“Chair” (the nickname fans use to refer to these two characters as a pair) has all the hallmarks of a toxic relationship. In the real world, their relationship would self-destruct; this is a situation to which many people fall victim, having their self-esteem and mental health continuously chipped away. The romanticizing of toxicity along with the perpetuation of the false idea that love is synonymous with consuming despair is a cliché and irresponsible trope.

Some of the best shows from the early 2010 teenage years were The Vampire Diaries and Gossip Girl, and both shows are still enjoyed by fans on streaming platforms like Netflix and HBO Max. These shows created some of the biggest TV heartthrobs of their era, but some of these characters make toxic relationships look attractive.

In the early season of The Vampire Diaries, you can see connections between both Buffy the Vampire Slayer and the Twilight saga. Elena Gilbert feels very much like an “in-between” of Buffy and Bella; she falls in love with a vampire easily but fights back, even when the odds are stacked up against her.  One of the main plot points of Vampire Diaries is Elena being torn between two sexy vampire brothers, Stefan and Damon Salvatore. Stefan is the quintessential boring and safe guy, while Damon is the epitome of the “sexy bad-boy trope”. From what they see on TV, girls may learn go for toxic men in real life because they think that they’ll “turn for the better”.

Despite Stefan being the obvious choice for a healthy, happy, and stable relationship, Elena always chose Damon, over and over. Stefan was trusting and respectful towards her independence, while Damon’s response to her being independent was to threaten to break her arm and carry her away. He told her that she isn’t allowed to make decisions anymore, and made sure her life was no longer hers to decide what to do with. He did not care how she felt or what she wanted, and when he couldn’t “have her” his response was to abuse others.

Other than the fact that they’re not real, there’s an important difference between these characters and men we meet in real life that possess some of these traits: these characters redeem themselves, but most people like this in real life do not. Though characters’ redemption arcs are satisfying for viewers, they aren’t realistic. In the case of The Vampire Diaries, this is mostly because Chuck and Damon are textbook narcissists.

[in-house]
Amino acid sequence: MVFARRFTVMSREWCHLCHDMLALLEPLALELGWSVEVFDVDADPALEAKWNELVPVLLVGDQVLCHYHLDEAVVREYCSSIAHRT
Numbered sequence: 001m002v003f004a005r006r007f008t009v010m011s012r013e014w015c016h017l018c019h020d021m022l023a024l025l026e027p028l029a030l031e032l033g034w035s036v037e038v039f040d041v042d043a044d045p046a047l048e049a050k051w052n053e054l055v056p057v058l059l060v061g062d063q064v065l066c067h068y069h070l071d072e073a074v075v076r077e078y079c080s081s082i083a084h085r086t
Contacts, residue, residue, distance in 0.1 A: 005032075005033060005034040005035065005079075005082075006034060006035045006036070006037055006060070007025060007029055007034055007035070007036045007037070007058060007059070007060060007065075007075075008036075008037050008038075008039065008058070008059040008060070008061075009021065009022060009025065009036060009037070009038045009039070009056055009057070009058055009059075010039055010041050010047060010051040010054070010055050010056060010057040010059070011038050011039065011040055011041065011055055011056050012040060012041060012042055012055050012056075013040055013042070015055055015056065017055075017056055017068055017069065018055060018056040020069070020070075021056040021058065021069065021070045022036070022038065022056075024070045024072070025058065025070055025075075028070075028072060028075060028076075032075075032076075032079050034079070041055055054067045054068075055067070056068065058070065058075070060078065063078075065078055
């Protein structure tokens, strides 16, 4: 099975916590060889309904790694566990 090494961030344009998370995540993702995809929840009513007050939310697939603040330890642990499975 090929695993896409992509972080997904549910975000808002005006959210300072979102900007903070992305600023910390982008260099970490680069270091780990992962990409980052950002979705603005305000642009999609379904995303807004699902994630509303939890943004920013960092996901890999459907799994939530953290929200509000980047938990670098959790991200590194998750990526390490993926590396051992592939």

A narcissistic personality disorder is defined by Mayo Clinic as  “a mental condition in which people have an inflated sense of their importance, a deep need for excessive attention and admiration, troubled relationships, and a lack of empathy for others.”

Though narcissists can change, it is rare, which is why it is important to remember that these stories are fictional at the end of the day and to base our relationship expectations on reality.  We can still enjoy watching these shows with these complex characters, but we need to draw a line between what’s realistic and what’s fantasy.

Teen dramas like The Vampire Diaries and Gossip Girl have given us some of the best characters to embody the bad boy trope. These characters are fun to watch, but they often normalize toxic dating habits.  Luckily for us, we can still enjoy them while acknowledging that they’re toxic, as long as audiences can draw a clear line between fantasy and reality.


The Evolution of Popular Media 

Over the years television has fluctuated between having incredible writing and inclusive plots and having plots so fanatical that viewers can’t keep up (looking at you, Riverdale). Shows mentioned earlier such as Pretty Little Liars and Gossip Girl, while having their controversial moments, were still considered progressive, but there are more recent shows that have proven to be much more progressive and inclusive. 

While it’s okay to enjoy the plots and characters, people should be able to draw the line and know what’s realistic and what’s fiction in shows. Television and movies directed at teens have always been more inclined to keep the drama going to keep teens’ attention spans. While it’s unrealistic to adults, teens find themselves relating more than they thought they would, and not always in a good way. It’s wonderful that teens are seeing themselves in popular media, but with the careless way writers create the show to be, it ends up being more harmful than helpful.

Posters for Atypical, Sex Education, Derry Girls, and I am Not Okay with This, all available to stream on Netflix (Canva)

Within the last two years, a lot of popular shows like Atypical, Sex Education, Derry Girls, and I Am Not Okay With This on Netflix have been released that have high ratings from teens, and are less problematic than many of the shows that aired in the early 2010s. While the nostalgia of the older television dramas is comforting, audiences should always be able to understand the issues and problematic effects of them, and make sure to enjoy them while knowing more recent releases, while having their issues, are less toxic and preferable to watch.